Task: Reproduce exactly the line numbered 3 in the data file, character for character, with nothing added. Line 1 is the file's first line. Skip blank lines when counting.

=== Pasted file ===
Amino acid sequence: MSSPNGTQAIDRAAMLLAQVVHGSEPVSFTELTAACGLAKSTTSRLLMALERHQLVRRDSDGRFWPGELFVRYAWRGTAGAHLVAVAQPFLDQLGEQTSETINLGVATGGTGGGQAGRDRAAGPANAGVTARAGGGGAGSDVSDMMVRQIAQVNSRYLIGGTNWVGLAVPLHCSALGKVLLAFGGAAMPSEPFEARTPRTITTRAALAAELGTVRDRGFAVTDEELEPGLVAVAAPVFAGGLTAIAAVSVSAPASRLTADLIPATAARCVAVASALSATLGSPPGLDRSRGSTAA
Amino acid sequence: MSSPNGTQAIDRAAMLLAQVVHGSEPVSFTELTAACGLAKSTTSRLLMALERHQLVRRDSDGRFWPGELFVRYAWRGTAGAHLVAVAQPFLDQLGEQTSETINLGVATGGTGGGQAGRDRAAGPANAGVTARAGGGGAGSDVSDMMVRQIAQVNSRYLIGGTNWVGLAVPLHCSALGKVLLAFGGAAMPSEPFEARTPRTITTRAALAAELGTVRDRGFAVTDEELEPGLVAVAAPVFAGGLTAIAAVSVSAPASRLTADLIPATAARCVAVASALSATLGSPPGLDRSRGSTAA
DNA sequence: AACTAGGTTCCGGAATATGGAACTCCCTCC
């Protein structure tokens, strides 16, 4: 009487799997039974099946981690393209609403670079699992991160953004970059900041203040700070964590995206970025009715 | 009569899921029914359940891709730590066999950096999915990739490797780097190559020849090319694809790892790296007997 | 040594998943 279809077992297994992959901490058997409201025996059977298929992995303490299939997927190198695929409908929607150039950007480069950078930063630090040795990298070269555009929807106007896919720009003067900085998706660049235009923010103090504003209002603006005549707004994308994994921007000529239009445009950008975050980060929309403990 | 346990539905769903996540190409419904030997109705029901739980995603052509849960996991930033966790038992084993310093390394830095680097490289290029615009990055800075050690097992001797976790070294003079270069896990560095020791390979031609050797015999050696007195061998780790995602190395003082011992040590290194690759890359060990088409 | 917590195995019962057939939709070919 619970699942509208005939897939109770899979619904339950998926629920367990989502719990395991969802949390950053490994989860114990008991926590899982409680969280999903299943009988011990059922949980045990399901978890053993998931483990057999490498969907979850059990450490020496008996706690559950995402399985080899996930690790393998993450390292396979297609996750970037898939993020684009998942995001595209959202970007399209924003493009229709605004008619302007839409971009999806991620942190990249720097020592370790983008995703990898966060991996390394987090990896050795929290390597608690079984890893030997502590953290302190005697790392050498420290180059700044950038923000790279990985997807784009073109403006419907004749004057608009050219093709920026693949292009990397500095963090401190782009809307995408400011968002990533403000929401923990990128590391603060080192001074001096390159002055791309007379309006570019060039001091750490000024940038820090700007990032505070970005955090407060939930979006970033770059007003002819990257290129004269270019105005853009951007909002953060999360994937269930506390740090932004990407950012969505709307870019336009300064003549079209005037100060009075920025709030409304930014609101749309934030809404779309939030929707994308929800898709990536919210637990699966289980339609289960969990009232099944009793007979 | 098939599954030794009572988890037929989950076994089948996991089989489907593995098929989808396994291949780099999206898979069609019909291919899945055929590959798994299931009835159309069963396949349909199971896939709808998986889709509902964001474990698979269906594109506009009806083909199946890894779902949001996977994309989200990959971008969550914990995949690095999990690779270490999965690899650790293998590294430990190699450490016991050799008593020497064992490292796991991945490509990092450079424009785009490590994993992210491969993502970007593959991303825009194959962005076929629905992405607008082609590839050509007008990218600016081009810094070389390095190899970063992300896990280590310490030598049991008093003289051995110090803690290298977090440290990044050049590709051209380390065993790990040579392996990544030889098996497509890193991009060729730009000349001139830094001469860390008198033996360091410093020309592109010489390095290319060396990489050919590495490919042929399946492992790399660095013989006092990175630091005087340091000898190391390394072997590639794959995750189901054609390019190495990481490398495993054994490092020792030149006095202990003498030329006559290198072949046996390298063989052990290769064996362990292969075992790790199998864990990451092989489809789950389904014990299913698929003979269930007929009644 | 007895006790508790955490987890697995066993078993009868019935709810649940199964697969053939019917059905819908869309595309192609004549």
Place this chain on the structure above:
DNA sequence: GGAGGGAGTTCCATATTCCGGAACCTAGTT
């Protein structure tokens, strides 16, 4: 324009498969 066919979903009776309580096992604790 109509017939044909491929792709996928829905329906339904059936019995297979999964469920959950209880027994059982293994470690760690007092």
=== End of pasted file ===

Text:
DNA sequence: AACTAGGTTCCGGAATATGGAACTCCCTCC